Introduction: Social determinants of health (SDoH) influence health outcomes and contribute to disparities in chronic disease in vulnerable populations. To inform health system strategies to address SDoH, we conducted a multi-stakeholder qualitative study to capture the multi-level influences on health for those living in socio-economically deprived contexts.
Methods: Varied qualitative inquiry methods - in-depth interviews, participant-led neighborhood tours, and clinic visit observations - involving a total of 23 participants (10 patients with chronic illnesses in San Francisco neighborhoods with high chronic disease rates, 10 community leaders serving the same neighborhoods, and 3 providers from San Francisco's public health care delivery system). Qualitative analyses were guided by the Chronic Care Model (CCM).
Results: Several key themes emerged from this study. First, we enumerated a large array, neighborhood resources such as food pantries, parks/green spaces, and financial assistance services that interact with patients' self-management. Health service providers leveraged these resources to address patients' social needs but suggested a clear need for expanding this work. Second, analyses uncovered multiple essential mechanisms by which community-based organizations (CBOs) provided and navigated among many neighborhood health resources, including social support and culturally aligned knowledge. Finally, many examples of how structural issues such as institutional racism, transportation, and housing inequities are intertwined with health and social service delivery were elucidated.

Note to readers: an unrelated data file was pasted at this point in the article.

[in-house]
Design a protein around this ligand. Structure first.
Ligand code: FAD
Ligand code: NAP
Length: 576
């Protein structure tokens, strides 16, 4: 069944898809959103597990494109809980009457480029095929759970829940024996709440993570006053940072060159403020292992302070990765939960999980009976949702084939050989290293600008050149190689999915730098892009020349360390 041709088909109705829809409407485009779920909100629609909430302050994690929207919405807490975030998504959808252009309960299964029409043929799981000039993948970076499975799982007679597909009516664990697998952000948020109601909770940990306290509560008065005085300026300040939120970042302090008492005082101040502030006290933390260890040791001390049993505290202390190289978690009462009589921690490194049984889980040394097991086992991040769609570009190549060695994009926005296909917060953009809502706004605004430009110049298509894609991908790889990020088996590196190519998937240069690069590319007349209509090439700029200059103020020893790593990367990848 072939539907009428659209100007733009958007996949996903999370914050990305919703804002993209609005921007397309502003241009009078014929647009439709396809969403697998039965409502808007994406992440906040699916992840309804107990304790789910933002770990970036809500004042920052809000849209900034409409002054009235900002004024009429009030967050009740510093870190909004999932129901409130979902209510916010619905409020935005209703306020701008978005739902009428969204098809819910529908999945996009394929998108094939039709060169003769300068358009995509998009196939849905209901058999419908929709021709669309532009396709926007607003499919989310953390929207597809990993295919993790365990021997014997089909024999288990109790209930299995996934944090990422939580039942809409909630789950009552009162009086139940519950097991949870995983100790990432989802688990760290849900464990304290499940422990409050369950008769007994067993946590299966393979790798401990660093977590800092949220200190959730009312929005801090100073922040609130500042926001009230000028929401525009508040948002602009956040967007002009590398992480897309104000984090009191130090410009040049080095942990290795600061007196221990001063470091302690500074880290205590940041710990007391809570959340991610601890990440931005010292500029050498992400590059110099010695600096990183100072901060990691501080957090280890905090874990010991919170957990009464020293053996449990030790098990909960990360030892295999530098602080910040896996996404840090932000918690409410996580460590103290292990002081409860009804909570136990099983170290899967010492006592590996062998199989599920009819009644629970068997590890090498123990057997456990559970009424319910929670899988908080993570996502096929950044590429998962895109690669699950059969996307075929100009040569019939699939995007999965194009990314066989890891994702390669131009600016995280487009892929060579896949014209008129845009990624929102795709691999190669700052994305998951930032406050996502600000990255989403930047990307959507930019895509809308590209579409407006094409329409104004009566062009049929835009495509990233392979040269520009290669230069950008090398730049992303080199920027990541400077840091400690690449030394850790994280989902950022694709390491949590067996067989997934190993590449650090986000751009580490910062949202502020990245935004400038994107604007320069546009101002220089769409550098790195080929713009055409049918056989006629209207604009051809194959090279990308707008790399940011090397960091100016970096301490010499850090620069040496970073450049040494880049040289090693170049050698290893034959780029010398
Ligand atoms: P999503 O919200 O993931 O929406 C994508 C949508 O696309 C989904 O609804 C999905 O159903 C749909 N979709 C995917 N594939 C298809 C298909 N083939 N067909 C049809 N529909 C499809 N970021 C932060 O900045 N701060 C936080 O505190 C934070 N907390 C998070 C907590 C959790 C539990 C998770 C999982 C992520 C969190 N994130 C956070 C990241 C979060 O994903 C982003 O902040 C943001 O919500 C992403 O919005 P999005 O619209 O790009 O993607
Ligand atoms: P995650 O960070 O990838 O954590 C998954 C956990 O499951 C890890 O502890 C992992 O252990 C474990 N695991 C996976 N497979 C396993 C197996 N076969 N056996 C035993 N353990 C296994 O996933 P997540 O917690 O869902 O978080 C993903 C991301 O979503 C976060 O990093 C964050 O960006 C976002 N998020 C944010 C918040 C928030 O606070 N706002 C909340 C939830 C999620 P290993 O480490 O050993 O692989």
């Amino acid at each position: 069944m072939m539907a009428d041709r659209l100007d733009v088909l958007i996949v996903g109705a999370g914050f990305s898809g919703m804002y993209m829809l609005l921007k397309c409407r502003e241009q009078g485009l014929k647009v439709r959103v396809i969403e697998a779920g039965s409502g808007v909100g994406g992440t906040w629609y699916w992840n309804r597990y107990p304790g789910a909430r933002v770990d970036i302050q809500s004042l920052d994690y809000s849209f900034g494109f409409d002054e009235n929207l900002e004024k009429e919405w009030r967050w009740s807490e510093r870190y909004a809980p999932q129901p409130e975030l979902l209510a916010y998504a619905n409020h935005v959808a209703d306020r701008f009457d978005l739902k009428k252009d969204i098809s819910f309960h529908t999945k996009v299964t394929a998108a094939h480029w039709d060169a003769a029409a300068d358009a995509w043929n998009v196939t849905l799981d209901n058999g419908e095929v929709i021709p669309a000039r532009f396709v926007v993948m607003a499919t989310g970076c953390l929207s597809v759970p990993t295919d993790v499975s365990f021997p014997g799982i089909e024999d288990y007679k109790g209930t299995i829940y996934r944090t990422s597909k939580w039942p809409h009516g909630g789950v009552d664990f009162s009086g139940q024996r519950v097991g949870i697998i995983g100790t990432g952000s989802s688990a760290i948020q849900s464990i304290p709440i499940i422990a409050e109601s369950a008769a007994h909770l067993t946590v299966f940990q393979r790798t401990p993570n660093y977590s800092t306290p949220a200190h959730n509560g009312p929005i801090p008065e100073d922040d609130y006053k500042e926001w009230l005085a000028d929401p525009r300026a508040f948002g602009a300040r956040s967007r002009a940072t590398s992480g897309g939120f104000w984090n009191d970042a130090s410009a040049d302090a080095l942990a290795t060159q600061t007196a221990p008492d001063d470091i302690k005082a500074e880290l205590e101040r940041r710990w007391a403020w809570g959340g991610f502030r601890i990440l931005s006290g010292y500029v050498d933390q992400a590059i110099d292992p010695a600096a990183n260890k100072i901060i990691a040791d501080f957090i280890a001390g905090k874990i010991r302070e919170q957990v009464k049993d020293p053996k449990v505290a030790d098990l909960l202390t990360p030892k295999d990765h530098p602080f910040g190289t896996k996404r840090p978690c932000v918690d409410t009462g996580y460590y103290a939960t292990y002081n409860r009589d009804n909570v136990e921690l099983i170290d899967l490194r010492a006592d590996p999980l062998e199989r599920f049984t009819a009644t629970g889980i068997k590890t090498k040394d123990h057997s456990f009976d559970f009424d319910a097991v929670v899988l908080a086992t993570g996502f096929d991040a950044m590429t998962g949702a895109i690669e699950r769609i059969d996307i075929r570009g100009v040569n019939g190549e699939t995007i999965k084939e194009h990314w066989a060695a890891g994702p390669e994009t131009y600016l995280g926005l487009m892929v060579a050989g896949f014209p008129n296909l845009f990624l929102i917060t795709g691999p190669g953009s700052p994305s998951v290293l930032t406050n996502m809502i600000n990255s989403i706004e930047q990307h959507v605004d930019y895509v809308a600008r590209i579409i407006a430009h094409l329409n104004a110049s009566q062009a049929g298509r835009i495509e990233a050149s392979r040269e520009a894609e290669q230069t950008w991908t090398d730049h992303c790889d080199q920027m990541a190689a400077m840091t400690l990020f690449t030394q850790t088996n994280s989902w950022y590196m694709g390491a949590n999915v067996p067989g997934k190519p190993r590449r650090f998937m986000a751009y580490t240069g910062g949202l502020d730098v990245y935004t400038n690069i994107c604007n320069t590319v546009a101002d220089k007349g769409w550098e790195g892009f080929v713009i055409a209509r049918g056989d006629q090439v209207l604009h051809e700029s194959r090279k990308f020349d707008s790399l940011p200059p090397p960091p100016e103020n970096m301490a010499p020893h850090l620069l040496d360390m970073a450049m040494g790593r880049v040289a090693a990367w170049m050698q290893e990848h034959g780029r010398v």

Conclusion: The results contribute new evidence toward the community domain of the CCM. Health care systems must intentionally partner with CBOs to address SDoH and improve community resources for chronic care management, and directly address structural issues to make progress.
Keywords: Chronic Disease; Disease Management; Health Resources; Minority Health; Qualitative Research; San Francisco; Self-Management; Social Determinants of Health; Vulnerable Populations.
© Copyright 2021 by the American Board of Family Medicine.